With well preserved, midcentury modern architecture and a march-to-my-own-beat sensibility, Greater Palm Springs is unanimously applauded for staying original—and it’s no stranger to atypical, non-mainstream interests. Incidentally, the Oasis is teeming with unique attractions you can’t find anywhere else in the world, blessed with quirky sites that have made the area and around Greater Palm Springs one of a kind. From the odd to the eccentric, these can’t miss, curious attractions are celebrated for keeping Greater Palm Springs utterly unique.
Cabazon Dinosaurs | Cabazon
They may be thousands of years old, but these dinosaurs have aged quite gracefully. Made famous by the T-Rex cameo in the cult classic “Pee Wee’s Big Adventure,” the Cabazon Dinosaurs are a popular roadside attraction just outside Greater Palm Springs. Since the 1980s, these two massive dinosaur sculptures have greeted visitors driving to the destination and are now unarguably a top highlight on all road tripping adventures.
Cabot’s Pueblo Museum | Desert Hot Springs
Cabot’s Pueblo Museum is an architectural delight and a true time warp to centuries past. The four-story, 5,000-square-foot historic house exemplifying Pueblo Revival Style was completely built by hand, constructed exclusively from reclaimed and found objects and dazzling with its aesthetics and history. Museum junkies are in for a treat with the artwork and artifacts of American Indian and Alaska Native cultures.
Robolights | Palm Springs
While we wish Christmas could be celebrated every day of the year, Robolights is close enough. The largest residential light display in the country by artist Kenny Irwin is a feast for the eyes. It’s so larger than life, you’d wish you could view it attached to a drone. Robolights is massive, chockfull of artsy Christmas-themed sculptures and art, like a roller coaster made of hundreds of lounge chairs, a mobile Eastern bunny on a throne, carousels, a holiday village filled with robots, oversized gingerbread men, a tunnel of lights and a 30-foot Rudolph, not to mention a 50-foot Santa and a Godzilla holding a candy cane. Ho, ho, ho!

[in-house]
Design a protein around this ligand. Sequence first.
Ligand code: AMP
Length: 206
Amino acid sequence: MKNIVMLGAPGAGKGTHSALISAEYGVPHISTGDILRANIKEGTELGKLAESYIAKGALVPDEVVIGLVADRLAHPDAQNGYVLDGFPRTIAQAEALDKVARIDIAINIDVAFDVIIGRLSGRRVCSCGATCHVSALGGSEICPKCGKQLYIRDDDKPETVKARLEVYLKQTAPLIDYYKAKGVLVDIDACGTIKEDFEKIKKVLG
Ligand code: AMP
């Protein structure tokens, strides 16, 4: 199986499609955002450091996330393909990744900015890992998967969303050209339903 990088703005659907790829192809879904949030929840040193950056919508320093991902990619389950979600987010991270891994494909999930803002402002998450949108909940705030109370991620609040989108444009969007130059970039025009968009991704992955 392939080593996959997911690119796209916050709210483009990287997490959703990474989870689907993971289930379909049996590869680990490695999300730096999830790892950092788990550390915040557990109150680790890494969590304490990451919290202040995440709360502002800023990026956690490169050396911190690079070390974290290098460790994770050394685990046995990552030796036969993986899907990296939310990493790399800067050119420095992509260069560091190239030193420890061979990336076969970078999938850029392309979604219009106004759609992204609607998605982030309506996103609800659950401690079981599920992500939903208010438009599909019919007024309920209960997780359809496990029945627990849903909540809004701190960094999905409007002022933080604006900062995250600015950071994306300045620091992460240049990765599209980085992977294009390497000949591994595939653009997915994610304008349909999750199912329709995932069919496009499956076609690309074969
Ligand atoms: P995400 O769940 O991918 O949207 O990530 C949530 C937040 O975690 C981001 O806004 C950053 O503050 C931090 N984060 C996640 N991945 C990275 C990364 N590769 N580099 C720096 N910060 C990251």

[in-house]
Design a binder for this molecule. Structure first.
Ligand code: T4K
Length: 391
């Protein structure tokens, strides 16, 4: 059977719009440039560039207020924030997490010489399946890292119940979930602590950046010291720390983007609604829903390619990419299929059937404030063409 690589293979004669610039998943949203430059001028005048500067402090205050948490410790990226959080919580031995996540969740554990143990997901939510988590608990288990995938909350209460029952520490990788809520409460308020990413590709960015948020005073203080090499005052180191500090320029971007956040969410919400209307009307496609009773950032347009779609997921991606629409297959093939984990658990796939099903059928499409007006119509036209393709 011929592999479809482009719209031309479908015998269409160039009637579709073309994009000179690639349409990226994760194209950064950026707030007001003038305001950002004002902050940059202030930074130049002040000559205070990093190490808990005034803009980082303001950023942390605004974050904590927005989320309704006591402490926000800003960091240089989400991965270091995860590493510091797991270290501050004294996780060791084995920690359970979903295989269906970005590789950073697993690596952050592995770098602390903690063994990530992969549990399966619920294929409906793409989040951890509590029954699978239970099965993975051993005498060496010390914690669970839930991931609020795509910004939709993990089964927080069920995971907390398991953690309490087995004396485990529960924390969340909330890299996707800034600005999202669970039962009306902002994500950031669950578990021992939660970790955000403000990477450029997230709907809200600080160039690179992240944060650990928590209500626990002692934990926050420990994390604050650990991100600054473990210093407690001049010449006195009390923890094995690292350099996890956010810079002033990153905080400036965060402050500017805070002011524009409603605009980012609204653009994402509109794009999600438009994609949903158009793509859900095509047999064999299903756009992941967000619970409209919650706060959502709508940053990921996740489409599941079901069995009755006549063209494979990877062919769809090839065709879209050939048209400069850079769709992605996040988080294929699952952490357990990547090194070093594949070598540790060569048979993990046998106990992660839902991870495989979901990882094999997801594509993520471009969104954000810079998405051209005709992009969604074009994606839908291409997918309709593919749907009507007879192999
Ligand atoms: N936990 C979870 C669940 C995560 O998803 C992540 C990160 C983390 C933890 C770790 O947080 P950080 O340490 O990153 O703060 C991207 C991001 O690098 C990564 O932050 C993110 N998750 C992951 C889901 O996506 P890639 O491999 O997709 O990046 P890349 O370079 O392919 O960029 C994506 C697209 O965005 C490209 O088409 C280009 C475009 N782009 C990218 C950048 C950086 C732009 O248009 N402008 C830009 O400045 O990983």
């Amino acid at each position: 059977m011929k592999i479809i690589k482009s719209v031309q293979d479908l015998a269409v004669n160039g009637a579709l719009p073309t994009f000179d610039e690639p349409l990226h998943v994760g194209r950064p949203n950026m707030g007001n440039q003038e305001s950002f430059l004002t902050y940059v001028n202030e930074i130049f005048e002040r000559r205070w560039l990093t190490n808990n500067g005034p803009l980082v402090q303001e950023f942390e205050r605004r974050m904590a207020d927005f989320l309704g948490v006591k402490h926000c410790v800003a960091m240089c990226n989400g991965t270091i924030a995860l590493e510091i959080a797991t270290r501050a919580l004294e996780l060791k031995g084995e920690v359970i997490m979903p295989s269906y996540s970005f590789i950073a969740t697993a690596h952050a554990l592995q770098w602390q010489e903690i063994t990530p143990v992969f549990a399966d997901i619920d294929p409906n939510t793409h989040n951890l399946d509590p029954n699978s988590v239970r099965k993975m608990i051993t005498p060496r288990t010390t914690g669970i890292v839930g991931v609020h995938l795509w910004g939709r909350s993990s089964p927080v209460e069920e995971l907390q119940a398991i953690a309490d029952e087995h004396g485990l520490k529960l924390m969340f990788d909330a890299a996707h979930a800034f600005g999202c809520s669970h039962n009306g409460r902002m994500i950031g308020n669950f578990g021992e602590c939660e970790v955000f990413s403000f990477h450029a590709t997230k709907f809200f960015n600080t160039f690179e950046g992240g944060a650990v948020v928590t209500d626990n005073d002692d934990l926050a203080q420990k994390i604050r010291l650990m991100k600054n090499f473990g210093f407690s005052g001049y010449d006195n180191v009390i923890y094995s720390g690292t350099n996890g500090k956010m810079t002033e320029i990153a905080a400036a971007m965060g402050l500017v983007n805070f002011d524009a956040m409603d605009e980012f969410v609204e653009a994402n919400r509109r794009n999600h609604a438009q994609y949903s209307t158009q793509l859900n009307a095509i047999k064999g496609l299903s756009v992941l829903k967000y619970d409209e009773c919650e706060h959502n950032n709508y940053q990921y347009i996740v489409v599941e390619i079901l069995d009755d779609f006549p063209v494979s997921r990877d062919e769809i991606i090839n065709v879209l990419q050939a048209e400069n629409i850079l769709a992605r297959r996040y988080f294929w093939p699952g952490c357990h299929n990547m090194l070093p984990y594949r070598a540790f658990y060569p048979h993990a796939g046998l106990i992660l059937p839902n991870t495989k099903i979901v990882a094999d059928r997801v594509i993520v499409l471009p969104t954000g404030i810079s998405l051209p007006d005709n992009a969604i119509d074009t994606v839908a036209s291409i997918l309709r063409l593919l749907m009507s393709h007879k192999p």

Frank Sinatra’s gravesite | Cathedral City
Frank Sinatra brought tons of fame to Greater Palm Springs, where he spent time crooning, drinking and charming throughout the desert’s most cherished establishments (like Melvyn’s). It’s not uncommon to trace his steps, but many die-hard fans make the trek to Desert Memorial Park in Cathedral City where Sinatra was laid to rest. After passing away at the age of 82 in 1998, Sinatra was buried here with a bottle of Jack Daniels and a pack of Camel cigarettes tucked into his suit. The cemetery is also home to Sonny Bono, one of Palm Springs’ best celebrity mayors!
Banana Museum | Mecca
There’s no other place in the world you can get a potassium fill like the Banana Museum. In Fact, Guinness Book of World Records appointed it the largest museum dedicated to a single fruit. With more than 17,000 banana-related items, banana lovers will, well…. go bananas over this oddball attraction that takes obsession to a whole other level!
Salvation Mountain | Niland
Colors truly pop in the desert landscape at Salvation Mountain. No, it’s not a mirage but a manmade mountain painted over in a beautiful palette of eye-engaging art. It’s crowned with a message in red and pink letters “God is Love” (hence the “salvation”), and intrigues visitors from all over the world. Salvation Mountain is such an anomaly that it’s been featured in TV shows like “Ripley’s Believe it or Not” and on the Discovery Channel.
Noah’s Purifoy’s Desert Art Museum | Joshua Tree
While Greater Palm Springs is home to excellent museums—from Palm Springs Art Museum to Palm Springs Air Museum—Noah’s Purifoy’s Desert Art Museum is truly oddball inspiring, luring visitors obsessed with outside-the-box, larger-than-life art. Outside the town of Joshua Tree, this randomly located, outdoor art museum is eighteen years in the making by artist Noah Purify. Dozens of art installations can be viewed in the middle of the desert, all made from recycled objects, from mannequins and old TVs to lots of toilets.